(*) What, you mean you can’t tell the difference between a regime and a government? Don’t tell anybody, but neither can I.
…Don’t watch TV. Don’t even watch TV news clips on Youtube, if you value your sanity.
After watching some coverage of the manhunt — the ludicrously ill-managed and foolish manhunt — for Dzhokhar Tsarnaev, I was neck-deep in the Slough of Despond about my fellow Amurricans. Considering learning modern Icelandic — I did the mediaeval version some years ago — and moving there. Hot springs! Tall capable blondes! Debt renunciation! What’s not to like?
Why, if I still had a little boat, I could practically sail there, given a good stretch of weather.
I have never been a big flag-waver, and never felt that Amurricans were better or smarter or more industrious or superior, really, in any other way, to the denizens of other lands, but then, on the other hand, I always sorta thought we probably weren’t much worse. I mean, consider the Germans. Bygones and all that, but facts are facts, and it’s not quite ancient history. Not to mention more recent horrors, like Angela Merkel and the Bundesbank, and those awful barking tourists you can’t get away from in Italy.
I have some very smug expat friends who never tire of telling me how much better ‘European social democracy’ is than the tooth-and-claw setup we have here. (Never mind that European social democracy every day gets more like what we have here. As Zeno pointed out a long time ago, there’s no such thing as motion; only position. Liberals are, it seems, great admirers of Zeno.)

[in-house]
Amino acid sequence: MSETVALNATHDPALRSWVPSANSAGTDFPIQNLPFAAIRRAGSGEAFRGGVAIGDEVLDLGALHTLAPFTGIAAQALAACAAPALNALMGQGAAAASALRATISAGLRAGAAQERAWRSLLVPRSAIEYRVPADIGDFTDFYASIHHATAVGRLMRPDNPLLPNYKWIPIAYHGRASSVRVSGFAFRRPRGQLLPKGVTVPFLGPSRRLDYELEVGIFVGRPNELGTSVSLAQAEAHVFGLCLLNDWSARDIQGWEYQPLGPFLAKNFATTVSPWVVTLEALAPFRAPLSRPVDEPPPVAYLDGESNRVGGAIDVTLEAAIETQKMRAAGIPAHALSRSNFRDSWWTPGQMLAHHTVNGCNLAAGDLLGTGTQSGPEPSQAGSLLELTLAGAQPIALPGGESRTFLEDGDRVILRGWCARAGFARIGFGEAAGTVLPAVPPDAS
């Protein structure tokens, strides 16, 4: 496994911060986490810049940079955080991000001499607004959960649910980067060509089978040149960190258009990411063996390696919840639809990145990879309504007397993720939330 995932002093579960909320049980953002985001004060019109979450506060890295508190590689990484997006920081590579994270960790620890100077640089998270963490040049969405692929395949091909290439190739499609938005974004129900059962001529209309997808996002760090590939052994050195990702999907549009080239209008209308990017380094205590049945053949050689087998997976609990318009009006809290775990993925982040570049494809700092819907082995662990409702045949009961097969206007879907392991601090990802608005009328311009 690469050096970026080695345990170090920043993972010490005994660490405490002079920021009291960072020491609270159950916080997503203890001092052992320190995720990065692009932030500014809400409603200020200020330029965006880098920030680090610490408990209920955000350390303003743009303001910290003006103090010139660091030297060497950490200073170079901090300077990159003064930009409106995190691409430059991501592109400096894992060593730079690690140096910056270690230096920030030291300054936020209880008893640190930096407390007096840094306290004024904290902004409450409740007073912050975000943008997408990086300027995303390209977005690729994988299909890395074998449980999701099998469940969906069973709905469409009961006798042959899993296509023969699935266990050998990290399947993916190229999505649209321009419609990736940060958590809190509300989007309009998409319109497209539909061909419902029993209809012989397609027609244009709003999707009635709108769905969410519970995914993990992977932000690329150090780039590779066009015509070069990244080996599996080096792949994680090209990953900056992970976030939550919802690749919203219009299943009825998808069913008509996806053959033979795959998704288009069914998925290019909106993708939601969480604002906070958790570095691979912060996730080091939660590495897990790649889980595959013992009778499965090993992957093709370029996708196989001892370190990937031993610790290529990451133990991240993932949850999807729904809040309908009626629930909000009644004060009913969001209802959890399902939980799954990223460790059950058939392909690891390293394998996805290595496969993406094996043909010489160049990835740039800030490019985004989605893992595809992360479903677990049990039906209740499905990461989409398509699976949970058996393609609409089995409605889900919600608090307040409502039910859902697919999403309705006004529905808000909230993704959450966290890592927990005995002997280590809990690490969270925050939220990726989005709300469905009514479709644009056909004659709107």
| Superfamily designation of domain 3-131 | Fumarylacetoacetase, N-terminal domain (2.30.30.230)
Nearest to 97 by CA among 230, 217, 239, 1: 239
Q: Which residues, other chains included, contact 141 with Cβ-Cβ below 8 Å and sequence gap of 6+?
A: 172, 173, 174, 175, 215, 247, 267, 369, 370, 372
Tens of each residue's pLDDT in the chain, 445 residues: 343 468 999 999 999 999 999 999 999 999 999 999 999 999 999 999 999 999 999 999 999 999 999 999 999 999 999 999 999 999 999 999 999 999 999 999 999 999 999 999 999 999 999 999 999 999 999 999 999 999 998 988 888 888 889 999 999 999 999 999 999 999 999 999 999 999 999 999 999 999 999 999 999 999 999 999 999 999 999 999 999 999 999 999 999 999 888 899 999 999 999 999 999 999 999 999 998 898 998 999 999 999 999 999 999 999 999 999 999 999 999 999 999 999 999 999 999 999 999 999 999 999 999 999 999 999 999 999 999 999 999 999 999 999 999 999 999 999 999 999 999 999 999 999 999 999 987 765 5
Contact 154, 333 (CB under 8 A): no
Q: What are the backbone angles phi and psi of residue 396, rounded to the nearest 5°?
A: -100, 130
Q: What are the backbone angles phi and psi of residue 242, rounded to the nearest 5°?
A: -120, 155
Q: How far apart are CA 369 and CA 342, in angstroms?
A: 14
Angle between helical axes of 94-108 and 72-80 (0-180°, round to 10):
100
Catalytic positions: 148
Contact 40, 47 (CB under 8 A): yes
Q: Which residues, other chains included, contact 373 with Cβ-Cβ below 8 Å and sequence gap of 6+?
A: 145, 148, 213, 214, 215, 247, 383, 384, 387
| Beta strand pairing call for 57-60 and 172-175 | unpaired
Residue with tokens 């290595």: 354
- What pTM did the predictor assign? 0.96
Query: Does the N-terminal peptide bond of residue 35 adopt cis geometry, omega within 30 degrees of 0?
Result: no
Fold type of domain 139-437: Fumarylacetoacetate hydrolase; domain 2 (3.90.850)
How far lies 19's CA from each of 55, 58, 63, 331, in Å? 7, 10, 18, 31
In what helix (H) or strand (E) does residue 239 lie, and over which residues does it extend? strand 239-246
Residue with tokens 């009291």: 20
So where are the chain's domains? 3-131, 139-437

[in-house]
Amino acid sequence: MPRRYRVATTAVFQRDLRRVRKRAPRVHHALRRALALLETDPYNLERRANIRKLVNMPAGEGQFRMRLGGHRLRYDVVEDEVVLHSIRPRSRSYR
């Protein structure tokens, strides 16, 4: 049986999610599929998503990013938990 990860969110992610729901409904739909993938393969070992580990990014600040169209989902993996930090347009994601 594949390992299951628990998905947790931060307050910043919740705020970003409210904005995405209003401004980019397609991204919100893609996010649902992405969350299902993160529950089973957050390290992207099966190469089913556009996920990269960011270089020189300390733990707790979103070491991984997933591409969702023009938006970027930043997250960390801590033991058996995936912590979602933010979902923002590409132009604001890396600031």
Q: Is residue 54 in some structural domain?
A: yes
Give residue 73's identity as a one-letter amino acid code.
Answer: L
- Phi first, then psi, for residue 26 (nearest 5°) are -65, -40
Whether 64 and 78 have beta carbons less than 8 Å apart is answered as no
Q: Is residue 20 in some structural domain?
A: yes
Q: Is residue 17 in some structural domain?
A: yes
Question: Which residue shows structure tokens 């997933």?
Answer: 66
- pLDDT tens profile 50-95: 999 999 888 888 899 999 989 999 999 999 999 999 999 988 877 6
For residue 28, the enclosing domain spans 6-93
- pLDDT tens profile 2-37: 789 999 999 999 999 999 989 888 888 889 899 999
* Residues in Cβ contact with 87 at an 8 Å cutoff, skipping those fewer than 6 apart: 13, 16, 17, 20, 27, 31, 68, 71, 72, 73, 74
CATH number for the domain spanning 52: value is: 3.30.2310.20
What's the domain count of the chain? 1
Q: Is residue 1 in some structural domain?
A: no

Oh, and how much better educated Yurrupeans are than we are, and how the beer is so much better, and so on.
Now the news coverage of the Boston Follies didn’t make me like Yurrup — that mythical land — any more (or any less). But it really tempted me to like my own country a lot less.
Turns out things aren’t quite so bad — though needless to say, they’re bad enough. Interesting item in the Times today — yes, wiseacre, I occasionally dip into the Times. So sue me. A foolish consistency is the hobgoblin of little minds, as somebody said.
Polls Show Growing Resolve to Live With Terror Threat
Public opinion surveys conducted since the bombings last week at the Boston Marathon indicate that most Americans — while convinced future attacks are quite likely — don’t feel personally threatened by terrorism, and an increasing share of the public is skeptical about sacrificing personal freedoms for security.
The headline, of course, is pure NY Times blockheaddery: terror threat, my ass. By any rational standard, we ought to be a lot more frightened of SUVs than terrorists. And ‘resolve’ is idiotic too; if you read the story, what it shows is more like indifference. Been there, done that, excite me with something new now.